The New Zealand government has cut subsidies to university students which it says will mean tuition fees rise by an average NZ$400 (Pounds 170) per student over the next five years. But critics are predicting massive rises to come.
Lockwood Smith, the education minister, announced last week that the National Party government was adopting the controversial Todd taskforce recommendation to increase student contributions progressively to 25 per cent of course costs. Students now pay an average 20 per cent.
But the government is to increase its total tuition subsidy by $63 million to provide an additional 16,700 equivalent full-time places in higher education.
The cut in the per-student subsidy, to be phased in from next year, will take the average student fee to $2,500 in 1999. However, increases for individual students -- who already face higher fees this year because of a 1 per cent cut announced last year -- could be much higher, given that some universities set differential fees based on course costs and the "study right" policy under which institutions get a higher government subsidy for school leavers.
Dr Smith rejected the more radical Todd taskforce recommendation of a 50 per cent student contribution to course costs.
University administrators took some satisfaction from the greater certainty over funding. But they said the latest cuts come on top of other unexpected costs announced late last year, such as increased accident compensation levies, employer superannuation contributions and earthquake insurance, on top of inflation.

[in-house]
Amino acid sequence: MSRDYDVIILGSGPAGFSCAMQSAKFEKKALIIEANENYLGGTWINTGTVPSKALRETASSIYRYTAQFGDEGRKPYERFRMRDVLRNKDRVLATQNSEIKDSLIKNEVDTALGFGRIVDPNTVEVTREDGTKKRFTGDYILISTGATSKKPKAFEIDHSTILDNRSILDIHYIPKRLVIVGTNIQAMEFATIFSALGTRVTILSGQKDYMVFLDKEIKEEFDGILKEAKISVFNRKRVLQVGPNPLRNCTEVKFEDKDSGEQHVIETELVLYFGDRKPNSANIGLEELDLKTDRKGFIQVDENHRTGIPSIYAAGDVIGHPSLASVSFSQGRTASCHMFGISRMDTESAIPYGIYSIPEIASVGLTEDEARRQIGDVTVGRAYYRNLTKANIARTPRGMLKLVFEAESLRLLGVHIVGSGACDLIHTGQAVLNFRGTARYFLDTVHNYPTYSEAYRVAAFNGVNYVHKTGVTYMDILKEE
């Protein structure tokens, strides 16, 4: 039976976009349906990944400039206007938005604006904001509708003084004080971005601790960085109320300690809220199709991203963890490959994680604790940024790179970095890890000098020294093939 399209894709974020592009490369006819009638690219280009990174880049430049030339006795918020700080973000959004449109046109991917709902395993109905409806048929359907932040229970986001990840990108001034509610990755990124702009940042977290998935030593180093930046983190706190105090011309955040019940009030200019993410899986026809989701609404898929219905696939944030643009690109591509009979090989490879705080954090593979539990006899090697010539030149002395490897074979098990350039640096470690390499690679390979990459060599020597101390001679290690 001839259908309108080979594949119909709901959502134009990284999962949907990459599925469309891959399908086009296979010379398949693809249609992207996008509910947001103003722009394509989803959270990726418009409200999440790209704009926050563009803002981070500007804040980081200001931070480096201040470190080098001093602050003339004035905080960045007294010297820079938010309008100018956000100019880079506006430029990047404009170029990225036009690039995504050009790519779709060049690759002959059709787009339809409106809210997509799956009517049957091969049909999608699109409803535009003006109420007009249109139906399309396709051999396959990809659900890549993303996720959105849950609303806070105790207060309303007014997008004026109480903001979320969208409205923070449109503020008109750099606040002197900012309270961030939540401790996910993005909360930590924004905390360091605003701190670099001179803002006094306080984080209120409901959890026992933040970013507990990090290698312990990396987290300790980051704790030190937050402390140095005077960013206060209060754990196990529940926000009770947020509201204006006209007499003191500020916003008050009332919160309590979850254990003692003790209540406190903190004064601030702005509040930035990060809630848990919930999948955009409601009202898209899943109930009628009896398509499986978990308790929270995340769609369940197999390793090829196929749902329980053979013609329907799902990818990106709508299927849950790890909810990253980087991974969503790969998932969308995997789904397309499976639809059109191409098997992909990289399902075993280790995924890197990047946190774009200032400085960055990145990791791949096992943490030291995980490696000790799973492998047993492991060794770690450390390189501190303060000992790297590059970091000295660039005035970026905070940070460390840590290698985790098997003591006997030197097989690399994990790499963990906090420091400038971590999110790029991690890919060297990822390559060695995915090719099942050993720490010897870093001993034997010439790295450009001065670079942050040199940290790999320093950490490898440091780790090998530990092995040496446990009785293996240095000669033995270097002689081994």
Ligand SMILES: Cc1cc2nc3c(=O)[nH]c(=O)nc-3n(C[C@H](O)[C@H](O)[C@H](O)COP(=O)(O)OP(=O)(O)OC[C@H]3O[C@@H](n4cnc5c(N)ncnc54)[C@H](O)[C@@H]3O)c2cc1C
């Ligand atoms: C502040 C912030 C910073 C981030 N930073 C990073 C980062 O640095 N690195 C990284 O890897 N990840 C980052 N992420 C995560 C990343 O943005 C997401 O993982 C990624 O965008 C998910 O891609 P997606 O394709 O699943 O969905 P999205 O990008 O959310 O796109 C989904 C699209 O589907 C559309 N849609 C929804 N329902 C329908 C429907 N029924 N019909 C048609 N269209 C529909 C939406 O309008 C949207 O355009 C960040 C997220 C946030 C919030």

Chris Dearden, deputy vice chancellor of the Victoria University of Wellington, said if New Zealand was to remain competitive in an international market fees needed to be revised.
Albert Brownlie, vice chancellor of Canterbury University, said anecdotal evidence indicated any increase above the 20 per cent threshold could affect enrolments.
Students were angered by the announcement and by its timing -- the middle of the summer vacation, and there were protests at the education ministry building and at the governing National Party headquarters.
The University Students' Association estimates that completing a first degree, including accommodation, living costs, and fees, will be about $40,000. "Many potential students will not take the risk of accumulating that debt," he said.
Universities are also feeling the effects of a pay freeze in effect since 1990. Bill Rosenberg, acting president of the Association of University Staff, said: "We cannot have a zero salary increase for the next five years." To cover rising costs, universities might have to increase fees further, cut back on courses or increase class sizes.